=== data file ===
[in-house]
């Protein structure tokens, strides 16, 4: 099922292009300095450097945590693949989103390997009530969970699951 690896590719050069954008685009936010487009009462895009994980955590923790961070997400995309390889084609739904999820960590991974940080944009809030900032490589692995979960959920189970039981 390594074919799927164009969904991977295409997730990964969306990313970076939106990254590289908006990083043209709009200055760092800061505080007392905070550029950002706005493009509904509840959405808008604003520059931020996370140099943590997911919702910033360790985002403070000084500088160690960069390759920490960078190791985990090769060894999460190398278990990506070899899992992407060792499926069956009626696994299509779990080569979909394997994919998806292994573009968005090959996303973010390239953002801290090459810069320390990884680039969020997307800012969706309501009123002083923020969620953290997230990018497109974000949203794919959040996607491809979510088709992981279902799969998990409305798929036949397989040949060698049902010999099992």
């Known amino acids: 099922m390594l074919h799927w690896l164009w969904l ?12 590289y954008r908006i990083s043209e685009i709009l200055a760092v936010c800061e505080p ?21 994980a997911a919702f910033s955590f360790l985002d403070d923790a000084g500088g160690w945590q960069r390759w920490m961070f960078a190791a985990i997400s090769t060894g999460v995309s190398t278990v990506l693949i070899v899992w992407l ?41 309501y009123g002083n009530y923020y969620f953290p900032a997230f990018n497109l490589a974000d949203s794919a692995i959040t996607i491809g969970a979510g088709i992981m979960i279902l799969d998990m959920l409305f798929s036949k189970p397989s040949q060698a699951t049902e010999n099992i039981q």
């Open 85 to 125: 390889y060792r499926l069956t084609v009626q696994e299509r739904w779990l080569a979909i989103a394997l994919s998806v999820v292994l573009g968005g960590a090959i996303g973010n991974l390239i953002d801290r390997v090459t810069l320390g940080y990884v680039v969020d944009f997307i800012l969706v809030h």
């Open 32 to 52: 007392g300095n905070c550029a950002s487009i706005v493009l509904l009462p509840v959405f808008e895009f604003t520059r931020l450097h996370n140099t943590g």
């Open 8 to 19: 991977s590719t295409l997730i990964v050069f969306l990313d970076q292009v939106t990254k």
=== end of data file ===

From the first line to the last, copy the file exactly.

[in-house]
């Protein structure tokens, strides 16, 4: 099922292009300095450097945590693949989103390997009530969970699951 690896590719050069954008685009936010487009009462895009994980955590923790961070997400995309390889084609739904999820960590991974940080944009809030900032490589692995979960959920189970039981 390594074919799927164009969904991977295409997730990964969306990313970076939106990254590289908006990083043209709009200055760092800061505080007392905070550029950002706005493009509904509840959405808008604003520059931020996370140099943590997911919702910033360790985002403070000084500088160690960069390759920490960078190791985990090769060894999460190398278990990506070899899992992407060792499926069956009626696994299509779990080569979909394997994919998806292994573009968005090959996303973010390239953002801290090459810069320390990884680039969020997307800012969706309501009123002083923020969620953290997230990018497109974000949203794919959040996607491809979510088709992981279902799969998990409305798929036949397989040949060698049902010999099992």
């Known amino acids: 099922m390594l074919h799927w690896l164009w969904l ?12 590289y954008r908006i990083s043209e685009i709009l200055a760092v936010c800061e505080p ?21 994980a997911a919702f910033s955590f360790l985002d403070d923790a000084g500088g160690w945590q960069r390759w920490m961070f960078a190791a985990i997400s090769t060894g999460v995309s190398t278990v990506l693949i070899v899992w992407l ?41 309501y009123g002083n009530y923020y969620f953290p900032a997230f990018n497109l490589a974000d949203s794919a692995i959040t996607i491809g969970a979510g088709i992981m979960i279902l799969d998990m959920l409305f798929s036949k189970p397989s040949q060698a699951t049902e010999n099992i039981q």
């Open 85 to 125: 390889y060792r499926l069956t084609v009626q696994e299509r739904w779990l080569a979909i989103a394997l994919s998806v999820v292994l573009g968005g960590a090959i996303g973010n991974l390239i953002d801290r390997v090459t810069l320390g940080y990884v680039v969020d944009f997307i800012l969706v809030h």
């Open 32 to 52: 007392g300095n905070c550029a950002s487009i706005v493009l509904l009462p509840v959405f808008e895009f604003t520059r931020l450097h996370n140099t943590g």
């Open 8 to 19: 991977s590719t295409l997730i990964v050069f969306l990313d970076q292009v939106t990254k």